I've been busy as a bee, I admit, but one of the main reasons the blog has slowed right down is this twelve-part behemoth I've had to get through, with nine episodes of it reconstructed. The decision, apparently prompted by the head of drama, to make a 12-part Dalek story was one that will always be questioned. Did it work? Well, yes and no.
|Mavic Chen's ship arrives, Episode One.|
The plot is not that different, in all honesty, from that of ‘The Chase’, a six-part run around with the Daleks after the Doctor. This time, the Doctor has the core of the Daleks’ Time Destructor, a weapon that will force the Universe to bow to the Daleks. The Daleks have been assisted by creatures from many galaxies, including Mavic Chen (Kevin Stoney), the Master of the Solar System. The production team came up with a wonderful array of strange beings from different worlds, one of the highlights of this story.
|Butterworth, Marsh and Purves.|
The first six episodes are the best, and episodes 11 and 12 are rather decent two. Episodes 7-10 are more reminiscent of ‘The Chase’ and drag and go circular too much for my liking. Terry Nation wrote the first five as well as ‘The Feast of Steven’ – a somewhat comical Christmas episode with no Daleks and even less point. He outlined the rest I believe which Dennis Spooner then wrote to his guidelines. This saw the return of the Meddling Monk (played by the wonderful Peter Butterworth again) who appears in three episodes. ‘Volcano’ is another ‘nothing’ episode (part 8) and parts nine and ten are set in Egypt. However, the Monk does provide some amusing parts and humour.
|Brett Vyon and Steven.|
The other notable cast member is Nicholas Courtney who appears in the first four episodes as Bret Vyon. I am told he will reappear in other episodes of Doctor Who as a different character, so that will be interesting I guess. He dies at the end of episode four, making that particular episode a very bloody one. (Katarina already dying mid-way through it).
The main planet of the story is Kembel, featured in the first four episodes and the last two. It also featured in ‘Mission to the Unknown’. However, we don’t see the very interesting Varga plants really at all in ‘The Daleks Masterplan’.
|Adrienne Hill as the short-lived Katarina|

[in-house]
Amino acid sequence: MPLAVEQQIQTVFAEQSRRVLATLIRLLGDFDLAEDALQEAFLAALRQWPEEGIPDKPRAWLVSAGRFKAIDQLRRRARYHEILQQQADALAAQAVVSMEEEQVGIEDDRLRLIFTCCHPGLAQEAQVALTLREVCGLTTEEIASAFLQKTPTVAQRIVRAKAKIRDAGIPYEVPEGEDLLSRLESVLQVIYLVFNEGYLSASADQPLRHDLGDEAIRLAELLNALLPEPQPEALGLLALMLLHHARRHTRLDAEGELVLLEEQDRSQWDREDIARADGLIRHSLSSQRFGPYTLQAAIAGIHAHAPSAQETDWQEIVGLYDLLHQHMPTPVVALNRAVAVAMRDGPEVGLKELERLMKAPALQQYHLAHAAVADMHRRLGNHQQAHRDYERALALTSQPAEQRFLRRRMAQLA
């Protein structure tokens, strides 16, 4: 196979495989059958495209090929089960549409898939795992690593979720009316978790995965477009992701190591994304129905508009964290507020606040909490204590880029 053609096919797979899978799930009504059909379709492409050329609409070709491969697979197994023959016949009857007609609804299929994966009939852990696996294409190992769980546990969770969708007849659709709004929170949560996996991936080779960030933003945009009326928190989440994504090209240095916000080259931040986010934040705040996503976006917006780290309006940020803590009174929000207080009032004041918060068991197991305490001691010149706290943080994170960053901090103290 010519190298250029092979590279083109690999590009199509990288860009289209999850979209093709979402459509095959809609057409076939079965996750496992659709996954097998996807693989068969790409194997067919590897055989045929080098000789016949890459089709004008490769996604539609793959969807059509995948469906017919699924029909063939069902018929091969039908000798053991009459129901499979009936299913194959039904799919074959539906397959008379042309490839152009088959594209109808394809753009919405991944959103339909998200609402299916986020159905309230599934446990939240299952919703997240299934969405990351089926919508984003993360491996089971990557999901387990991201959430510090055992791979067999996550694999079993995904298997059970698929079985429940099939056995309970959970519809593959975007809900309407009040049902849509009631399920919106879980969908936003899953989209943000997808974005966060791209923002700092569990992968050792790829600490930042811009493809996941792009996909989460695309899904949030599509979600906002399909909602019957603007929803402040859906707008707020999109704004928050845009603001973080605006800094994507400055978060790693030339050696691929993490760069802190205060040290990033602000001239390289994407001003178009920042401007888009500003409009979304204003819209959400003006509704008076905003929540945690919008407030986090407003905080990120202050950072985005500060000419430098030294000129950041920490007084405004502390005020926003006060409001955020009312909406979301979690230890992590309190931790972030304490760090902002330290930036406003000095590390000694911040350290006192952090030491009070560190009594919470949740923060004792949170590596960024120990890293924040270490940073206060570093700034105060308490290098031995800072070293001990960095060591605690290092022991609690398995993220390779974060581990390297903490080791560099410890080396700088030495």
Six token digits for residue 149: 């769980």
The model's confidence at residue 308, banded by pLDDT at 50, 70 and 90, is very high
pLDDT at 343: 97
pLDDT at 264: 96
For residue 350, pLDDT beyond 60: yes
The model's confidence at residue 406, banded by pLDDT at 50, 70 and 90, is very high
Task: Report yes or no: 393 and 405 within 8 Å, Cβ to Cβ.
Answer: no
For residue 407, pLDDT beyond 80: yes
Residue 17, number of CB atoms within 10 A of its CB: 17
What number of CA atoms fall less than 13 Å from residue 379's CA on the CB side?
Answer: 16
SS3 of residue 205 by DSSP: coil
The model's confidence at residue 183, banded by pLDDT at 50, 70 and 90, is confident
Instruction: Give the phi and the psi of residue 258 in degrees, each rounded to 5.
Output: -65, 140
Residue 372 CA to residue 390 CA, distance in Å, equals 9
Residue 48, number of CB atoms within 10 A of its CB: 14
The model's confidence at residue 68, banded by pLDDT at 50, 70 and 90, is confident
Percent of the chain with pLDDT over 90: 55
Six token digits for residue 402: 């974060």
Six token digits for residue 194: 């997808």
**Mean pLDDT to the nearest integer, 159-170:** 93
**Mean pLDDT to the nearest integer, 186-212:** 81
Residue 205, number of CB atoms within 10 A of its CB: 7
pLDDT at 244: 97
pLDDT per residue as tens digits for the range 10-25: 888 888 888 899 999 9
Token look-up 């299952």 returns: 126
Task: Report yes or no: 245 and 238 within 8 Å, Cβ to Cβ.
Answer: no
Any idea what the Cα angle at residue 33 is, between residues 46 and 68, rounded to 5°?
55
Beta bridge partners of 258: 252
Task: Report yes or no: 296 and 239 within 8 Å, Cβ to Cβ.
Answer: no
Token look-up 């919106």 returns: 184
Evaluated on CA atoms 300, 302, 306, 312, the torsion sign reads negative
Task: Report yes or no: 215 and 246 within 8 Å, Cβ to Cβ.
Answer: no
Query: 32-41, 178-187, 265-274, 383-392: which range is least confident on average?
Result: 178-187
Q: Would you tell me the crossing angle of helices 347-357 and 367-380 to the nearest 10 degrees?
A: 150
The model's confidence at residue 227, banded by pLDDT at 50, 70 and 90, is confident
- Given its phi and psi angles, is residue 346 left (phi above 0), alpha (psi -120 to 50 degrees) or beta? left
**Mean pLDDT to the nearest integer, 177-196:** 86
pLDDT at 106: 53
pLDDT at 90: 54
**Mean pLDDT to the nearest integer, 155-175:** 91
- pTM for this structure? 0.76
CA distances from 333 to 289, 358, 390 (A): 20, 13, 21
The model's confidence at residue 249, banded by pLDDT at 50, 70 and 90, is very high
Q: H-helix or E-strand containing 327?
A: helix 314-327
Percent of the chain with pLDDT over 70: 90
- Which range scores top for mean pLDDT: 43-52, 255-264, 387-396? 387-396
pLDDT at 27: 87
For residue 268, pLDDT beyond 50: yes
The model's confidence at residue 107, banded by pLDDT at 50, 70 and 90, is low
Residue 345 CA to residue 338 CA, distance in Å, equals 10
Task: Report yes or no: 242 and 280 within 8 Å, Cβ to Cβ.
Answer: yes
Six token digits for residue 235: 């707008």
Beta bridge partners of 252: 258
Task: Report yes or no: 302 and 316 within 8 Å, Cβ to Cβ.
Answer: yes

The production team found they had made a mistake in adding the Trojan ‘Katarina’ (Adrienne Hill) to the TARDIS crew and promptly had her gone by episode four in a dramatic scene where she plunges herself and a desperate criminal into space by opening the airlock of Mavic Chen’s spaceship. They felt that the character understood too little of the worlds she would visit and explanations would therefore be too long and hinder the stories. I’m not so sure. It's a pity Adrienne Hill didn't have the chance to develop the character further. Also a great pity we only have one episode existing that she features in, plus a clip of her demise.
|Dubious make-up for Kevin Stoney as Mavic Chen.|
Jean Marsh then plays an important companion-like role for the rest of the story as Sara Kingdom, who gets a great dramatic death in episode twelve. Most of the story is played pretty straight, bar episodes 7-10 when things take a deliberately comic turn. The straight appears to work better than the comic in this story. Kevin Stoney must be mentioned for playing the evil Mavic Chen. It's an excellent performance under what appears to be a mask to give him a dark tan, and a white wig. It's the first time we've seen the Daleks really partnered up with anybody, and he sticks with them even after the Daleks turn on Chen and the delegates from the other galaxies in episode eleven.
|The Doctor, Steven and Brett in Episode Four.|
As for William Hartnell, well, apart from his mispronunciation of 'relevant' ('revalent') in Episode Two he is a tour de force across the twelve episodes, ably and strongly supported as always by Peter Purves whose Steven is an excellent character. Hartnell takes no holidays in this story, although he has a lighter load in episodes 9 and 10. It must have been exhausting for the aging star of the show, but he comes through it with flying colours.
|The character Kert Gantry, Episode One on Kembel.|
Stylistically, I think the team did really well. They portray Kembel, Mira (which look very similar) well, Egypt is well done too. There are a lot of bald heads and strange creatures throughout the story and it has a great look about it. Douglas Camfield ran a tight ship and that is evident across the 12 parts. It is dramatic and well paced, although it lags in the second-half of the story but with 12 episodes what could the viewer expect? I think if they could find a couple more episodes, preferably part 12, maybe 6 and 1, a DVD release could bring the whole thing back to life.
I rate it pretty highly and think it would have made a cracking eight part adventure. Twelve is simply too much though.
Also, if you are daring enough to plunge into Doctor Who reconstructed episodes, the best place on Youtube is a channel by El Doctorio. He has put up all the Loose Cannon reconstructions in pristine condition.